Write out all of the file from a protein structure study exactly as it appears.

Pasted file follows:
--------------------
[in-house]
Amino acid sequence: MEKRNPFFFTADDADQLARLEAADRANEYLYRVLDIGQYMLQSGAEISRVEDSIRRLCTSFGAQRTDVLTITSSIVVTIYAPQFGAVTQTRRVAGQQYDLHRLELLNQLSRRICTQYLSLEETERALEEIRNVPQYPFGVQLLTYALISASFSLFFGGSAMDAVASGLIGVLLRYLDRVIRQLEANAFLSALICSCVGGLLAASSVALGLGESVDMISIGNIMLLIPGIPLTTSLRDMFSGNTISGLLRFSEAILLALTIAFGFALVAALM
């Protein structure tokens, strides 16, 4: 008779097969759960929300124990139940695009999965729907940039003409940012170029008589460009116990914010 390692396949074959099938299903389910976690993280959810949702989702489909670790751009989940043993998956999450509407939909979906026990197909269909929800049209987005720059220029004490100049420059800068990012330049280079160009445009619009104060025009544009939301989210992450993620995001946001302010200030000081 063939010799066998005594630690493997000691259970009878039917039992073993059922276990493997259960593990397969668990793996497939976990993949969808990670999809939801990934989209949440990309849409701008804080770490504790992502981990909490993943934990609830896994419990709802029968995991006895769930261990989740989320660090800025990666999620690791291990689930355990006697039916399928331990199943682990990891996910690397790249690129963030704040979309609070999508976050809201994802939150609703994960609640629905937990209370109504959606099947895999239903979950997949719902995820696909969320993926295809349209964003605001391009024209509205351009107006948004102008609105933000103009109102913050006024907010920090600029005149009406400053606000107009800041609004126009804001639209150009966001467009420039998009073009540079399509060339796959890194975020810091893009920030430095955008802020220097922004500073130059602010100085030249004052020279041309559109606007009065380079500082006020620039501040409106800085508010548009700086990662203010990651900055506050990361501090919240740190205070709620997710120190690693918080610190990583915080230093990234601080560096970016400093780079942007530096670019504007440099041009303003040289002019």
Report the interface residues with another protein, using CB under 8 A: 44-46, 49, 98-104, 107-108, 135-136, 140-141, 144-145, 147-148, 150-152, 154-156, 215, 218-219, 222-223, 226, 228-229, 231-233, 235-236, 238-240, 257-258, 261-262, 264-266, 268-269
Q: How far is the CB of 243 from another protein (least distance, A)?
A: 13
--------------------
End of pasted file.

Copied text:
[in-house]
Amino acid sequence: MEKRNPFFFTADDADQLARLEAADRANEYLYRVLDIGQYMLQSGAEISRVEDSIRRLCTSFGAQRTDVLTITSSIVVTIYAPQFGAVTQTRRVAGQQYDLHRLELLNQLSRRICTQYLSLEETERALEEIRNVPQYPFGVQLLTYALISASFSLFFGGSAMDAVASGLIGVLLRYLDRVIRQLEANAFLSALICSCVGGLLAASSVALGLGESVDMISIGNIMLLIPGIPLTTSLRDMFSGNTISGLLRFSEAILLALTIAFGFALVAALM
């Protein structure tokens, strides 16, 4: 008779097969759960929300124990139940695009999965729907940039003409940012170029008589460009116990914010 390692396949074959099938299903389910976690993280959810949702989702489909670790751009989940043993998956999450509407939909979906026990197909269909929800049209987005720059220029004490100049420059800068990012330049280079160009445009619009104060025009544009939301989210992450993620995001946001302010200030000081 063939010799066998005594630690493997000691259970009878039917039992073993059922276990493997259960593990397969668990793996497939976990993949969808990670999809939801990934989209949440990309849409701008804080770490504790992502981990909490993943934990609830896994419990709802029968995991006895769930261990989740989320660090800025990666999620690791291990689930355990006697039916399928331990199943682990990891996910690397790249690129963030704040979309609070999508976050809201994802939150609703994960609640629905937990209370109504959606099947895999239903979950997949719902995820696909969320993926295809349209964003605001391009024209509205351009107006948004102008609105933000103009109102913050006024907010920090600029005149009406400053606000107009800041609004126009804001639209150009966001467009420039998009073009540079399509060339796959890194975020810091893009920030430095955008802020220097922004500073130059602010100085030249004052020279041309559109606007009065380079500082006020620039501040409106800085508010548009700086990662203010990651900055506050990361501090919240740190205070709620997710120190690693918080610190990583915080230093990234601080560096970016400093780079942007530096670019504007440099041009303003040289002019």
Report the interface residues with another protein, using CB under 8 A: 44-46, 49, 98-104, 107-108, 135-136, 140-141, 144-145, 147-148, 150-152, 154-156, 215, 218-219, 222-223, 226, 228-229, 231-233, 235-236, 238-240, 257-258, 261-262, 264-266, 268-269
Q: How far is the CB of 243 from another protein (least distance, A)?
A: 13